To Patrick's comment I would say it's a bit too far to say there's "no way" for first-time buyers to get a foothold in CH but it is very difficult and it entails deep compromise. During my house search in 2003 I scouted two prospects in Northside but quickly ruled them out in favor of options in the Durham market. The Northsiders were both 900sf, had no storage and had bad kitchens, and were at the upper end of my price range, so they were poor value in comparison with almost everything else the buyer's agent I was working with was able to turn up. I wasn't interested in townhomes (was coming out of an apartment situation and had "no attached walls" as make-or-break stipulation) or a major rehab. That didn't leave very much.

It's too far to say there's no way for a first-time buyer to get a foothold in CH/C, but it's not too far to say there's no way more than a small percentage of potential first-time buyers to get a foothold in CH/C.  There just isn't enough.  Go online sometime and check out the total of what is for sale around here and what it's going for.

Well put, Patrick.I most recently lived just outside Boston, a city rich in three-family houses, triple-deckers where the ground floor apartment is rented out to provide income to help pay the mortgage, townhomes, duplexes, apartment buildings and everything in between. (Along with single-family houses.) It's a rich tapestry and a neat place to live with lots of options, even for students. However, the point has been made there that under Boston's current zoning laws, none of those homes could be built. They don't have enough parking, they're bunched up against one another, they have insufficient setbacks. Zoning laws are generally oriented towards suburban ways of living, and in an expensive area like Boston they severely limit the availability of affordable housing.

One of the major reasons that homes are not affordable is because they are actually not affordable. The Chamber of Commerce could take the lead on a local living wage campaign so that people would be better able to afford a home. Smaller homes should be allowed - much smaller homes. 

Another reason that homes are not affordable is that they turn over frequently and each time another 6% realtor fee is added, the sales goes up even higher. A living wage that makes $350,000 homes (the average sales price in OC) affordable would have to be well over $70,000 a year. 

that we can't talk about affordable housing in isolation. Like you suggest Mark, we need to look at wages too. Justice United has been working with Carrboro and Chapel Hill on raising wages for town employees and working with the Chamber to get private businesses to raise their pay would be important, but a tougher nut to crack.There is also the issue of transportation - would bus routes that extend farther help take the pressure off neighborhoods such as Northside?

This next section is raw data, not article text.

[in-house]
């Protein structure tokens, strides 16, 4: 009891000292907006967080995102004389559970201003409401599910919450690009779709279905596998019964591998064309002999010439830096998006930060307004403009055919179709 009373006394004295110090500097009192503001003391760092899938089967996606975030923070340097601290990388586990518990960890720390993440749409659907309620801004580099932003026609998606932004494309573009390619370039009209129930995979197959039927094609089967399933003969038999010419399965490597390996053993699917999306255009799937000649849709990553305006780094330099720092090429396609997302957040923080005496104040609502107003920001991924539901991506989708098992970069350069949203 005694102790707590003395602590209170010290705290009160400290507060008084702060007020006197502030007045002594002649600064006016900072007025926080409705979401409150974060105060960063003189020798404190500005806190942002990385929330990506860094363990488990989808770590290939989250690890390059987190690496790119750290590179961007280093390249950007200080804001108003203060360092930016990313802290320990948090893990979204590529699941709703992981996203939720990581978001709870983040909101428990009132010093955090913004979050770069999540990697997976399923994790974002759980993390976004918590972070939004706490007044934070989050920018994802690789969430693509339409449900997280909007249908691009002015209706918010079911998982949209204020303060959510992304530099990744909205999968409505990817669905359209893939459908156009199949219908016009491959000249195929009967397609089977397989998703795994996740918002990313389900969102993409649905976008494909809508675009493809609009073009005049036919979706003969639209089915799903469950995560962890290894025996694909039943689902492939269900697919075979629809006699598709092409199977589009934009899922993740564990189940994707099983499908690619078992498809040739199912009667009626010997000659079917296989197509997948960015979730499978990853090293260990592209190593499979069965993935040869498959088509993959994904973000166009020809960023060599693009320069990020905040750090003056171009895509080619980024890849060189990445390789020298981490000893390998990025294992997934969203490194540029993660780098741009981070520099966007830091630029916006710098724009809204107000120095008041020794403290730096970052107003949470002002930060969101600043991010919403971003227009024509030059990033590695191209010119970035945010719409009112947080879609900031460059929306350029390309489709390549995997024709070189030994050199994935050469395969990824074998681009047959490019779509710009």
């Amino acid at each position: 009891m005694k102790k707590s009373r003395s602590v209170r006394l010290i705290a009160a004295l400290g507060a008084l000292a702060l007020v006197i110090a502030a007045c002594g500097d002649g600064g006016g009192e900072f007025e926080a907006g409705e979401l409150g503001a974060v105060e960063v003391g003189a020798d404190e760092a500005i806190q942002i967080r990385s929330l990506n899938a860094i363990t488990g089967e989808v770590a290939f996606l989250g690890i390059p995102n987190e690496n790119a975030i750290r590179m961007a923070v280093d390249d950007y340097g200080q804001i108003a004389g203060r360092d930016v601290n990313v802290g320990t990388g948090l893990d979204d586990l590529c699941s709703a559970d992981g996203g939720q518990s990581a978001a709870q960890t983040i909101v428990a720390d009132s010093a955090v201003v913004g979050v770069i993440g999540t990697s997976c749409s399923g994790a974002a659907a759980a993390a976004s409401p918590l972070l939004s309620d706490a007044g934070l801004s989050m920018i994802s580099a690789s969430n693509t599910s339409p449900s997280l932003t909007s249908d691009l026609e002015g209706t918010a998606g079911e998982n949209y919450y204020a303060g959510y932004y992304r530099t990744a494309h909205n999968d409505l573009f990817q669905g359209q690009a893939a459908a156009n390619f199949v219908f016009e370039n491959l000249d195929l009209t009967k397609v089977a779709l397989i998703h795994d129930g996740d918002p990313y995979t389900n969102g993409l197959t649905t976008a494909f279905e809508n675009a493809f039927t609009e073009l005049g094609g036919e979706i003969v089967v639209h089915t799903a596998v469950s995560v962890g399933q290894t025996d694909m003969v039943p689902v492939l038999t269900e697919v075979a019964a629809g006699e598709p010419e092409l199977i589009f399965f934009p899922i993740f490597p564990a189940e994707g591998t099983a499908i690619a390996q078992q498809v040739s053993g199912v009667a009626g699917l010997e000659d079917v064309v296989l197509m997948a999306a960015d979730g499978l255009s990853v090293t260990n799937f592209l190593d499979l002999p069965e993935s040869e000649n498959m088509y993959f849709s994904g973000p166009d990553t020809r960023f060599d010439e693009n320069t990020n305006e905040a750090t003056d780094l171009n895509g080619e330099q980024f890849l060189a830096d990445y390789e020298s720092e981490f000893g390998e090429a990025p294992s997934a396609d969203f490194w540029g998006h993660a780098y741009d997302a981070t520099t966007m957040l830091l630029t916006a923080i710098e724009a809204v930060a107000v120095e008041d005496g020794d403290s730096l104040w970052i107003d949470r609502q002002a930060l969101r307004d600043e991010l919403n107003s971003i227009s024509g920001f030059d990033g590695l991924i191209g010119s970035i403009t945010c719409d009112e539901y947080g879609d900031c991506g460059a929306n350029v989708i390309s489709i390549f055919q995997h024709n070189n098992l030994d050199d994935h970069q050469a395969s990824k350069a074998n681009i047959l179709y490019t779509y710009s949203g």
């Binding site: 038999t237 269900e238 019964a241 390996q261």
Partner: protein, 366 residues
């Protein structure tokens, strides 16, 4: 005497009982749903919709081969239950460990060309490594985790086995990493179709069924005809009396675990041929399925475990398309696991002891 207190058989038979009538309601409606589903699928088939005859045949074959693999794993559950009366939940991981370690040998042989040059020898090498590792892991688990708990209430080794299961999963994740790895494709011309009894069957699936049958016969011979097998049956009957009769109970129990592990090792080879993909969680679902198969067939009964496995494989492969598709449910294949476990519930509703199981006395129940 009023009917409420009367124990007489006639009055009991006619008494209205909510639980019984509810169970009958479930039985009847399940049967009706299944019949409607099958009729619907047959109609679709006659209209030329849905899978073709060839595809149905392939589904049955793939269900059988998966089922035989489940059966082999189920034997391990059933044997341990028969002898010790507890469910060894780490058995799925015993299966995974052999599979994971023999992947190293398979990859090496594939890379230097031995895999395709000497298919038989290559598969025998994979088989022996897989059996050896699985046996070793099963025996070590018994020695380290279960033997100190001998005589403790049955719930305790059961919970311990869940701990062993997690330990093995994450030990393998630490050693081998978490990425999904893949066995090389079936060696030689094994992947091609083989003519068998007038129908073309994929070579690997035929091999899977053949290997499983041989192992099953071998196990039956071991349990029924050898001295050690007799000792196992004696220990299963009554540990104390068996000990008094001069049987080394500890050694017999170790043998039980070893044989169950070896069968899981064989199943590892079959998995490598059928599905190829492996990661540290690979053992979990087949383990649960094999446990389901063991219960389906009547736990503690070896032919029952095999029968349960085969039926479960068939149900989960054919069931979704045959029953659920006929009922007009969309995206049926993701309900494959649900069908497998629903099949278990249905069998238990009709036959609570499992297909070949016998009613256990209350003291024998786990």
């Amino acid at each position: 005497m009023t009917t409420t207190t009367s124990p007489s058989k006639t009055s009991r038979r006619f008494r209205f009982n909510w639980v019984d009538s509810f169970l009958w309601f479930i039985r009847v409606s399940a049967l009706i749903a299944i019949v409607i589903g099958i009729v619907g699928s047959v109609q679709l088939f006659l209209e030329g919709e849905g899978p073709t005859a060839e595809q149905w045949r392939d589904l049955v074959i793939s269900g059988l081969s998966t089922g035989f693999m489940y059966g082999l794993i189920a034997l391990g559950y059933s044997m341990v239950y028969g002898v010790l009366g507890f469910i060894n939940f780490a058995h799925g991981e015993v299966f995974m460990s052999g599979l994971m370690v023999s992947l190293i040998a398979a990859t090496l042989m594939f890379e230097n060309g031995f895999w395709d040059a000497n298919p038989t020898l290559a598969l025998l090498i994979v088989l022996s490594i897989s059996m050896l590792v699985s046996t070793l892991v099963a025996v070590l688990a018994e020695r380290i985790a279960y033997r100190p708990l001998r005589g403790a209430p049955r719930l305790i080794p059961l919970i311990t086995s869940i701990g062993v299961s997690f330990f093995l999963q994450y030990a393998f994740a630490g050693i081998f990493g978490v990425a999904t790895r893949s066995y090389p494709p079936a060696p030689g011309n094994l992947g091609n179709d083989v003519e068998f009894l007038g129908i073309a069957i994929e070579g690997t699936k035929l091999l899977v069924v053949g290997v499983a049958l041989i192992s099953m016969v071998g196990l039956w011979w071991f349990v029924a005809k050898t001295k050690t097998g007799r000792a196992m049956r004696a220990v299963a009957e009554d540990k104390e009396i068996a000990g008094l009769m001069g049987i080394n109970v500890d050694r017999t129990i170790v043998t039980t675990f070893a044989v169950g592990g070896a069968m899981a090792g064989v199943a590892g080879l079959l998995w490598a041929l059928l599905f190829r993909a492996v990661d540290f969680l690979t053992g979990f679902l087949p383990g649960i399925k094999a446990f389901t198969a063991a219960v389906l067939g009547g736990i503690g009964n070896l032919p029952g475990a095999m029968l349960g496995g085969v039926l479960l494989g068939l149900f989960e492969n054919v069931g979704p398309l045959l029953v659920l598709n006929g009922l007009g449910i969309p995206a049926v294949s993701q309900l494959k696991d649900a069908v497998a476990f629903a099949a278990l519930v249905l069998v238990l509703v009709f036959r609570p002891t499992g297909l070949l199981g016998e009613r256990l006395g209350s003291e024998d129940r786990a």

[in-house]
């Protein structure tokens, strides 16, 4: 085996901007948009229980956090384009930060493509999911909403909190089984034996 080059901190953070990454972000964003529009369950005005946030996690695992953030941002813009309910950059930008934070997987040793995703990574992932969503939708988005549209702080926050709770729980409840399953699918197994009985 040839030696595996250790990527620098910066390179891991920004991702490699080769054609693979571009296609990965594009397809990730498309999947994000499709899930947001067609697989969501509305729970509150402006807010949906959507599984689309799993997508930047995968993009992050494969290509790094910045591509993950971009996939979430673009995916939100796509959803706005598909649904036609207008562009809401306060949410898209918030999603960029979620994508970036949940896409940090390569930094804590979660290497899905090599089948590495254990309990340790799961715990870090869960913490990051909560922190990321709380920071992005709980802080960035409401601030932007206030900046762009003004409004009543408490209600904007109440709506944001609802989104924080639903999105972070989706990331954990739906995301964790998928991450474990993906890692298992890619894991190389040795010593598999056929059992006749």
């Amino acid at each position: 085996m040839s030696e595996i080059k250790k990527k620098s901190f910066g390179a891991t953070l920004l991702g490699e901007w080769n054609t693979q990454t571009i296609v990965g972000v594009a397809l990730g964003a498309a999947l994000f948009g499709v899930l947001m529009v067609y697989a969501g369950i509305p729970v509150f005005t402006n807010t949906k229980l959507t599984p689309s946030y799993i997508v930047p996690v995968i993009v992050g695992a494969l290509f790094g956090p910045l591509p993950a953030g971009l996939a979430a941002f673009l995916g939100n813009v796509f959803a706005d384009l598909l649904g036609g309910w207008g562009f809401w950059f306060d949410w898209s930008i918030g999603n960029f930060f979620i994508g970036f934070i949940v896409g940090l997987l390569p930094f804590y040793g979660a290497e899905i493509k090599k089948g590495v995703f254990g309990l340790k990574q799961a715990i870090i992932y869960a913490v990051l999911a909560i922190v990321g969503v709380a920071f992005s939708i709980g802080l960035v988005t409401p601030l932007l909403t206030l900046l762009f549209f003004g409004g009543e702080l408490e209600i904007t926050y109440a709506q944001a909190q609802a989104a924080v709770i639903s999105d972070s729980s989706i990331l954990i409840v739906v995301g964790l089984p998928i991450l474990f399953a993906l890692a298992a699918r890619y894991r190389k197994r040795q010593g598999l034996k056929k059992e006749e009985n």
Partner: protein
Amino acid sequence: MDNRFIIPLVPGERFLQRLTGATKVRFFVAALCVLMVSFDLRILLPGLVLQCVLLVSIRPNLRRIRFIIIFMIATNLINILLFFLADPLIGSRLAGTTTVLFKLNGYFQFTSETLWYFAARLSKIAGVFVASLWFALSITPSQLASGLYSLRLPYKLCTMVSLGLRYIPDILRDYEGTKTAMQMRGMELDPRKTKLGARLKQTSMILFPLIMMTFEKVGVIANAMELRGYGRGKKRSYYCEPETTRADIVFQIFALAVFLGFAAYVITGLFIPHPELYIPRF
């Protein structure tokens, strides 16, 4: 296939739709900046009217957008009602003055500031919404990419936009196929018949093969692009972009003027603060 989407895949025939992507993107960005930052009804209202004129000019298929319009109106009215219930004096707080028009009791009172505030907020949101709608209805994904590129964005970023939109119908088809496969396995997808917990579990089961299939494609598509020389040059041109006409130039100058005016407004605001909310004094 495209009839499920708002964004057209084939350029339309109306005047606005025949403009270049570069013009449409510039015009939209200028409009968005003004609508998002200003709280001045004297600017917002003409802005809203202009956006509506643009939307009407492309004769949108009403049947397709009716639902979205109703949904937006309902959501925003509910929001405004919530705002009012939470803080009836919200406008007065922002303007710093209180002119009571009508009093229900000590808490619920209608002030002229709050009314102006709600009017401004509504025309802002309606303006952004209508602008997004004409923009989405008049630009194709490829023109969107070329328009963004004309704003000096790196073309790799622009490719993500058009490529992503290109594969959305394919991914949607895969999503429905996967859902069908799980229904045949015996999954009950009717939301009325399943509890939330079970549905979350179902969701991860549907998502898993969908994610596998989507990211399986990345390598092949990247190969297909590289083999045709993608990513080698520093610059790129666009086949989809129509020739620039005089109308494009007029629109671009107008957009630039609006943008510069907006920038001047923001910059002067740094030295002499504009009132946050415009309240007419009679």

My goodness, where do we start on this one.  Let's see, first of all supply has been drastically lower than demand for a long time, which drives prices way up.  And then when home prices are up for a long a place starts to have a higher percentage of people that can live in expensive places, who of course have an interest in keeping it that way rather than changing  Also, CH/C tries to attract all kinds of people.  Let's have retired folks.  Let's have independently wealthy folks.  Let's have all the artsy people in Carrboro.  Oh, and while we're at it, let's not cut down treet to build a lot of housing.  So where does that leave the people on which the area runs, such as police, fire and the large staff that runs UNC?  It leaves them in Pittsboro and Hillsborough and Durham and Morrisville and Cary.  And by and large that's where they'll stay because CH/C can't/won't ever change to accomodate more than a small percentage of them. Consider the library discussion.  What has been the response to the proposal to put it in University Mall?  There's been a lot of "No, we can't move it, the current library is in a beautiful setting, etc."  Think about that.  The point of a library is to provide the service of books, info, etc to the people but people here don't only want that substantive aspect but they also want the stylistic aspect of it being in a park setting with trees for acres all around.  What do you think the reaction would be to a proposal to cut down those trees and put affordable housing on that land?  It wouldn't get any consideration. People like the idea of affordable housing because it makes them think they're helping the world or something but they don't actually want that entails in their immediate vicinity, which is fewer trees, more people, more cars, more shopping places nearby, etc.And one other aspect of affordable housing of course is property taxes.  They're very high here and that's not going to change.  Nobody likes paying tax but someone with a million dollar home sweats a 15 K property tax bill much less than someone with an affordable 200 K home sweats a 3 K property tax bill.  And people that can't afford a home at all and rent end up paying for it too since whoever they're renting from has to pay the property tax and therefore they pass on some of the cost to the renter.  And two golf courses within a couple miles of a university to which thousands of people commute 5 or 10 or 20 miles to each workday?  Talk about anti-affordable housing. Well, whatever.  I predict that some minor, symbolic efforts will be made to accomodate more regular income people but that there won't be any substantive changes.